Lee: Some guy opens a lot of packs and he gets [six] copies of the same legendary. This is before the legendary drop change. We want to eliminate scenarios like that across all rarities. We also just want the game to be more approachable and easy to get into. As an average player, when you open a card pack, if you get something new, we think that’s more fun and exciting and engaging. We talk about this average of 2.3 classes. We want people to have choice, and giving them cards that they don’t have in theory means they’re more likely to have things they want.

GamesBeat: Isn’t this also a huge move when it comes to the goodwill of your players? This is something people have asked for for a long time.

Lee: Hopefully. We hope players will be happy with it. We passionately think it’s the right thing to do for the game.

Ranking matters

GamesBeat: Why do the rank refresh now, adding tiers like what we had early in Hearthstone’s beta days?

Lee: For me personally, I think that — things like ranking systems, they generally want to be refreshed. It’s hard to determine a good time, but some period of time. Let’s say every two or three years or whatever the case may be. Change can be healthy. It can be good and engaging and fun. A lot of games out there, they refresh the systems after a certain period of time, and that’s where we’re at at the moment. Hearthstone’s rank system has done a lot of good for us. There’s definitely some elements that we want to improve on, and also add new flavor. Who knows? Maybe three years from now we’ll revamp the rank system again. Change, evolution, updating, and improving: It’s something we as a team very much believe in now and want. That’s how we’re looking at it in the future. It’s about giving players something new and exciting and engaging to do. Again, coming back to how easy the game is to get into financially, we’ve added first time rewards for all the rank floors. If you’re playing through the system, the first time you reach a rank floor, you’ll get a pretty generous reward, and those compound over time. It’s not just monthly. There are also special first time rewards.

GamesBeat: Do these new tiers take away what appears to be some of the work from laddering? For example, going from bronze to silver probably feels better than just going from 20 to 15.

Lee: Absolutely. Phrasing and terminology-wise — something we think about a lot, your rank — I can’t remember the exact numbers, but if you’re ranked 3, that’s the top 1 percent of Hearthstone. Rank 15 is probably top 75 percent. Rank 15 sounds pretty bad, but you’re actually really pretty good if you’re at rank 15 in reality. Part of the medal tiers, assigning the way they work, it’s really about our players feeling good about the rank. If you’re Gold 1, it sounds better than if you’re rank 13. We want players to feel better about where they are, but also we wanted the system to be — it’s more progressive. The idea is you should be moving forward a lot of the time until you reach the point you’re supposed to be at, and then it should be more of a challenge and you have to fight the way to get up there.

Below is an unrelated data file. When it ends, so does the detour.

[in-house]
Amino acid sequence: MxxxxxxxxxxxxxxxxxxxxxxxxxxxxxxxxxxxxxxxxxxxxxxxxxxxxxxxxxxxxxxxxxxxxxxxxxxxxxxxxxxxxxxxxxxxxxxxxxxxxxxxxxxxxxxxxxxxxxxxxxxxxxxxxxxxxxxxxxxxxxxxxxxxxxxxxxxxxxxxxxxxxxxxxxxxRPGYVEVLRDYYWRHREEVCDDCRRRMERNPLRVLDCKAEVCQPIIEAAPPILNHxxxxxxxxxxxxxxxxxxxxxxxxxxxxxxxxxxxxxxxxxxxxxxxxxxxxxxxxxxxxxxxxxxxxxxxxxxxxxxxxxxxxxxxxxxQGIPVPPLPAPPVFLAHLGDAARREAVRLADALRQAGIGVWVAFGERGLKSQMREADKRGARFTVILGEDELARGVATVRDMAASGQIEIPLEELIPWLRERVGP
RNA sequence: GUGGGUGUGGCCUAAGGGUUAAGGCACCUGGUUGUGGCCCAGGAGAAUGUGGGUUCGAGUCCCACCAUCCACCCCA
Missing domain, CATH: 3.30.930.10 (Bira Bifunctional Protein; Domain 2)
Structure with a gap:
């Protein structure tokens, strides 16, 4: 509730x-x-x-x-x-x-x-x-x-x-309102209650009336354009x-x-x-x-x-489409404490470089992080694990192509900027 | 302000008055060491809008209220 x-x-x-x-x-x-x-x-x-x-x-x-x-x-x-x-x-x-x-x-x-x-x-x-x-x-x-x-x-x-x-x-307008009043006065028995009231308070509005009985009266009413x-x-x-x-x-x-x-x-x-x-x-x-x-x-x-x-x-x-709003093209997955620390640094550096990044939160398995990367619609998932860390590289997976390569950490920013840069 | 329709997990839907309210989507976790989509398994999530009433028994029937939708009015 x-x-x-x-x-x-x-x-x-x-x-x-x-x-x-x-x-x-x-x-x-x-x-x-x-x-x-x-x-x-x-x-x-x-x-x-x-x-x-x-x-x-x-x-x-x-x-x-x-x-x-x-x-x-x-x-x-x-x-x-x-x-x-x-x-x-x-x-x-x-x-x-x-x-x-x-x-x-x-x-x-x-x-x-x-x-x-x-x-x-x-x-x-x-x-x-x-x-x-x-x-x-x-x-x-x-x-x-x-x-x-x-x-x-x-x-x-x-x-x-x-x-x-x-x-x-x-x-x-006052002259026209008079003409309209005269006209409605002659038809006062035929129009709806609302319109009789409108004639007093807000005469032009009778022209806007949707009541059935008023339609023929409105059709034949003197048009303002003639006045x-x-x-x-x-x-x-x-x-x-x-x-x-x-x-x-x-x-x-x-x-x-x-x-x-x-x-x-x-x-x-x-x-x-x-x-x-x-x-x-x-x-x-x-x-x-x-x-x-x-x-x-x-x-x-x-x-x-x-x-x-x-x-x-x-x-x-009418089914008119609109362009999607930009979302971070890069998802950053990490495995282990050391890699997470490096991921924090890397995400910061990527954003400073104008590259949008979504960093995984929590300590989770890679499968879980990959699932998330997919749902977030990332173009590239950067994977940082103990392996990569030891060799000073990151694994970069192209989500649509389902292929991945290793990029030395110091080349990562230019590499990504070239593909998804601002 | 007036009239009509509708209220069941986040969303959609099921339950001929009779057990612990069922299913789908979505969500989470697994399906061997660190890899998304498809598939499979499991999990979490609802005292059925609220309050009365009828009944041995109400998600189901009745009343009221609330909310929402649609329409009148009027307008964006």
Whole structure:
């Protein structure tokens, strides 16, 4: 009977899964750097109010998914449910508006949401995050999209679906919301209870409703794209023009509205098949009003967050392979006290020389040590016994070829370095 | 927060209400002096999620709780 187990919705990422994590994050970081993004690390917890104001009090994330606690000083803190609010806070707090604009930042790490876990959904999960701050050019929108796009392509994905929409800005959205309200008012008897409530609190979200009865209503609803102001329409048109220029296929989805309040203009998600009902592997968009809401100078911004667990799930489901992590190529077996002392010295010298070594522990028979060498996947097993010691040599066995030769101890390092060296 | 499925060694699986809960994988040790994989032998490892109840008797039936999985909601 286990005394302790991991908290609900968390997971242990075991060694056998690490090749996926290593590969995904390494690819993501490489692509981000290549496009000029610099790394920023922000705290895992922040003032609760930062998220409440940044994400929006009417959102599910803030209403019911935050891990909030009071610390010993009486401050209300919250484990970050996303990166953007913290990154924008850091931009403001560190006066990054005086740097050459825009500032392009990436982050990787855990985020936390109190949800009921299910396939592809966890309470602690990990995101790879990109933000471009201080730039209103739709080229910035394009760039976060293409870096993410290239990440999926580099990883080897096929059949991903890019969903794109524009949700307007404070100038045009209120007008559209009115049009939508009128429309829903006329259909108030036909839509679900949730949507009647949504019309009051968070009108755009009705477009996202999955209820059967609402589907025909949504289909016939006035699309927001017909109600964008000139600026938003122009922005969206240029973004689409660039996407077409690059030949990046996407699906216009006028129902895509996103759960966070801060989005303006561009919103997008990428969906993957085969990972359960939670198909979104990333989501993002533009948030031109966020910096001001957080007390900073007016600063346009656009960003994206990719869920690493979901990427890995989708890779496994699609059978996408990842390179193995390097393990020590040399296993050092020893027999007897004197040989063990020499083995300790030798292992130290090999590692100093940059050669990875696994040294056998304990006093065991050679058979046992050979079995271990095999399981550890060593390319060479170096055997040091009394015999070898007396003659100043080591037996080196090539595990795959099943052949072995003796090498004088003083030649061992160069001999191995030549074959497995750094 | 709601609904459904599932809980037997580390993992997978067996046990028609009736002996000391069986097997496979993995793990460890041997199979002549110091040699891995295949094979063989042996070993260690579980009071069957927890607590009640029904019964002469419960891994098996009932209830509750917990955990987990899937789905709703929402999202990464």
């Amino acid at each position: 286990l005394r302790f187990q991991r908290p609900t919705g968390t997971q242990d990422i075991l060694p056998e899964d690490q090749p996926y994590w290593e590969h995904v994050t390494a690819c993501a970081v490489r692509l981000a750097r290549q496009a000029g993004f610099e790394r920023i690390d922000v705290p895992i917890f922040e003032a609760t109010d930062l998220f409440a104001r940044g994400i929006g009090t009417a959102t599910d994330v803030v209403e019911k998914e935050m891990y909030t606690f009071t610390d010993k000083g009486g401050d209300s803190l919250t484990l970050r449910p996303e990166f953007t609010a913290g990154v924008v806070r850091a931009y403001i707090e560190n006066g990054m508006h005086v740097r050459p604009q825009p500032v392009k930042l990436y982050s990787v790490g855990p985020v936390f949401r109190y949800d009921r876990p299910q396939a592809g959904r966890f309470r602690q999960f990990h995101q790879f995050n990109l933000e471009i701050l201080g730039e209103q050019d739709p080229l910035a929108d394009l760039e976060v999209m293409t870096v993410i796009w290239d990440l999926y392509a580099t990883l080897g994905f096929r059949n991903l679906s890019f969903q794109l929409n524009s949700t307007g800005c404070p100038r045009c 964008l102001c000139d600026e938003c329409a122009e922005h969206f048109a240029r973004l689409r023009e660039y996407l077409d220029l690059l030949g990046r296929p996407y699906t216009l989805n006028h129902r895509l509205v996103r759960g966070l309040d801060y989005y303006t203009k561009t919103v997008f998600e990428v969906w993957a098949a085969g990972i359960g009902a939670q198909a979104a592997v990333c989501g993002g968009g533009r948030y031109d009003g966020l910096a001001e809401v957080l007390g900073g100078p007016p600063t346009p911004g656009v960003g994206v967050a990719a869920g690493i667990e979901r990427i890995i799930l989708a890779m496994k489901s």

GamesBeat: A number of people — fans, media, and such — have said this has been the best year for Hearthstone: in Standard, the addition of Battlegrounds, the game feels really good in many different ways. From what you showed us today, it looks like you’re going to probably make it better next year, this next Standard year. Do you see the potential for that, and do you agree that this past year was Hearthstone’s best?

Lee: It’s hard to say. The first year was awesome, because everything was fresh and new. The reality is that we’re a little bit standing on the shoulders of giants that created the original game, Eric Dodds and Ben Brode and Derek Sakamoto and a bunch of other people. They were super-instrumental in making that happen. There was definitely a period of time in between then and now where the game could have maybe used a few more features and additions. We’re at a point now where we think that’s important for players. We want to give them new things to do. There’s been a few missteps in Year of the Dragon, definitely some things to learn from. We’re happy with a lot of what happened too. For Year of the Phoenix we hope we can deliver some awesome experiences. There’s something on the road map that we haven’t talked about yet, that we hope can deliver, that will be a cool surprise as well. We want there to be lots of stuff for players to do and engage with. We hope they’ll be happy.